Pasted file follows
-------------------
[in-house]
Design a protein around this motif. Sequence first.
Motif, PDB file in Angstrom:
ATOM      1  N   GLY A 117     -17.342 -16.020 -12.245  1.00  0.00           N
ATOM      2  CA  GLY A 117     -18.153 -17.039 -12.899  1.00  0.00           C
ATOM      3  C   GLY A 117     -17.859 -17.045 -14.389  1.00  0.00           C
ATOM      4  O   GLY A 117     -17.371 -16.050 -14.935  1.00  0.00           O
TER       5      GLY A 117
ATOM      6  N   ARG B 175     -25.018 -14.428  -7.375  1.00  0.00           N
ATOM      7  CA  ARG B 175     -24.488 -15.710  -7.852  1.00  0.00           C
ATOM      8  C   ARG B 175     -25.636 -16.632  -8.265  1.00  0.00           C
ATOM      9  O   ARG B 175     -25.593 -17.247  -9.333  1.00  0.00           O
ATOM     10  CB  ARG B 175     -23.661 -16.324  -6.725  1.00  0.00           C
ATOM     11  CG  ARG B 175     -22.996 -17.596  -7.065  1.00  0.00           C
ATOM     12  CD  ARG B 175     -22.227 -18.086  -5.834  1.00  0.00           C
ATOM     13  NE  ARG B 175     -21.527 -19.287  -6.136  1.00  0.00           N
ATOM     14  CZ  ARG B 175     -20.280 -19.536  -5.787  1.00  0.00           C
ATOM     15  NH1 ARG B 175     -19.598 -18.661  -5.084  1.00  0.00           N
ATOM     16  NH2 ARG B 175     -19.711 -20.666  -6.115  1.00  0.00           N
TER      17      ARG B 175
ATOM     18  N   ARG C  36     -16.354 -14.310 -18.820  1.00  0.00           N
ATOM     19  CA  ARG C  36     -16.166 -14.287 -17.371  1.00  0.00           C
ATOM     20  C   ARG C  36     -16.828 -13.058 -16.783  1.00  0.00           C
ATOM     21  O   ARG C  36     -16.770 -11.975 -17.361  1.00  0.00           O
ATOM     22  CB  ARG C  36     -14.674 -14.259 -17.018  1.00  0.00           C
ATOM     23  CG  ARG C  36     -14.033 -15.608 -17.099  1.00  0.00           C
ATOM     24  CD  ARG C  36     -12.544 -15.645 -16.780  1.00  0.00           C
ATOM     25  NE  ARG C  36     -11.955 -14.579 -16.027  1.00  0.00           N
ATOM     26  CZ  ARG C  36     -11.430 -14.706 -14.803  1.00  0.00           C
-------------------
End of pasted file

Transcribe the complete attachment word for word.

[in-house]
Design a protein around this motif. Sequence first.
Motif, PDB file in Angstrom:
ATOM      1  N   GLY A 117     -17.342 -16.020 -12.245  1.00  0.00           N
ATOM      2  CA  GLY A 117     -18.153 -17.039 -12.899  1.00  0.00           C
ATOM      3  C   GLY A 117     -17.859 -17.045 -14.389  1.00  0.00           C
ATOM      4  O   GLY A 117     -17.371 -16.050 -14.935  1.00  0.00           O
TER       5      GLY A 117
ATOM      6  N   ARG B 175     -25.018 -14.428  -7.375  1.00  0.00           N
ATOM      7  CA  ARG B 175     -24.488 -15.710  -7.852  1.00  0.00           C
ATOM      8  C   ARG B 175     -25.636 -16.632  -8.265  1.00  0.00           C
ATOM      9  O   ARG B 175     -25.593 -17.247  -9.333  1.00  0.00           O
ATOM     10  CB  ARG B 175     -23.661 -16.324  -6.725  1.00  0.00           C
ATOM     11  CG  ARG B 175     -22.996 -17.596  -7.065  1.00  0.00           C
ATOM     12  CD  ARG B 175     -22.227 -18.086  -5.834  1.00  0.00           C
ATOM     13  NE  ARG B 175     -21.527 -19.287  -6.136  1.00  0.00           N
ATOM     14  CZ  ARG B 175     -20.280 -19.536  -5.787  1.00  0.00           C
ATOM     15  NH1 ARG B 175     -19.598 -18.661  -5.084  1.00  0.00           N
ATOM     16  NH2 ARG B 175     -19.711 -20.666  -6.115  1.00  0.00           N
TER      17      ARG B 175
ATOM     18  N   ARG C  36     -16.354 -14.310 -18.820  1.00  0.00           N
ATOM     19  CA  ARG C  36     -16.166 -14.287 -17.371  1.00  0.00           C
ATOM     20  C   ARG C  36     -16.828 -13.058 -16.783  1.00  0.00           C
ATOM     21  O   ARG C  36     -16.770 -11.975 -17.361  1.00  0.00           O
ATOM     22  CB  ARG C  36     -14.674 -14.259 -17.018  1.00  0.00           C
ATOM     23  CG  ARG C  36     -14.033 -15.608 -17.099  1.00  0.00           C
ATOM     24  CD  ARG C  36     -12.544 -15.645 -16.780  1.00  0.00           C
ATOM     25  NE  ARG C  36     -11.955 -14.579 -16.027  1.00  0.00           N
ATOM     26  CZ  ARG C  36     -11.430 -14.706 -14.803  1.00  0.00           C